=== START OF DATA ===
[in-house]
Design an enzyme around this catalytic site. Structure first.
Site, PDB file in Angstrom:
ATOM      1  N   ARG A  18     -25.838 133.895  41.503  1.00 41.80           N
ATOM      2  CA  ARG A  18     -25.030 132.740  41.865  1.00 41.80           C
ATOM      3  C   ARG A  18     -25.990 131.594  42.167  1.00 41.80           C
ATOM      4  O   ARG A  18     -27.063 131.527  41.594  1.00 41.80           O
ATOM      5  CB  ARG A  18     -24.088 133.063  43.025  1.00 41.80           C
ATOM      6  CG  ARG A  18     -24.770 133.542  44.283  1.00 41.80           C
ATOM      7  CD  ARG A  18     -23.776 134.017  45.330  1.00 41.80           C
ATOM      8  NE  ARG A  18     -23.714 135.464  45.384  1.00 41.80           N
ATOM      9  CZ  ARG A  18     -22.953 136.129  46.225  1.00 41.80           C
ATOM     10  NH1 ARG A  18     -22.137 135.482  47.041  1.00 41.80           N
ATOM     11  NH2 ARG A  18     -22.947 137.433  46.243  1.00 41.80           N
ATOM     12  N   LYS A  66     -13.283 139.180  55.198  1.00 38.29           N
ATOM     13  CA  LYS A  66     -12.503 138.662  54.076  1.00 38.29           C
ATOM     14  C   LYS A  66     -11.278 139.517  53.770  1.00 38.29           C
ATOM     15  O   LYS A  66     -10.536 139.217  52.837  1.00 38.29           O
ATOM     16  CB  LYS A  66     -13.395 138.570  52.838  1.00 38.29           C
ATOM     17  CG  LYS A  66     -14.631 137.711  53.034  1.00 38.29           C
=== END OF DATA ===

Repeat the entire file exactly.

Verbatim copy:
[in-house]
Design an enzyme around this catalytic site. Structure first.
Site, PDB file in Angstrom:
ATOM      1  N   ARG A  18     -25.838 133.895  41.503  1.00 41.80           N
ATOM      2  CA  ARG A  18     -25.030 132.740  41.865  1.00 41.80           C
ATOM      3  C   ARG A  18     -25.990 131.594  42.167  1.00 41.80           C
ATOM      4  O   ARG A  18     -27.063 131.527  41.594  1.00 41.80           O
ATOM      5  CB  ARG A  18     -24.088 133.063  43.025  1.00 41.80           C
ATOM      6  CG  ARG A  18     -24.770 133.542  44.283  1.00 41.80           C
ATOM      7  CD  ARG A  18     -23.776 134.017  45.330  1.00 41.80           C
ATOM      8  NE  ARG A  18     -23.714 135.464  45.384  1.00 41.80           N
ATOM      9  CZ  ARG A  18     -22.953 136.129  46.225  1.00 41.80           C
ATOM     10  NH1 ARG A  18     -22.137 135.482  47.041  1.00 41.80           N
ATOM     11  NH2 ARG A  18     -22.947 137.433  46.243  1.00 41.80           N
ATOM     12  N   LYS A  66     -13.283 139.180  55.198  1.00 38.29           N
ATOM     13  CA  LYS A  66     -12.503 138.662  54.076  1.00 38.29           C
ATOM     14  C   LYS A  66     -11.278 139.517  53.770  1.00 38.29           C
ATOM     15  O   LYS A  66     -10.536 139.217  52.837  1.00 38.29           O
ATOM     16  CB  LYS A  66     -13.395 138.570  52.838  1.00 38.29           C
ATOM     17  CG  LYS A  66     -14.631 137.711  53.034  1.00 38.29           C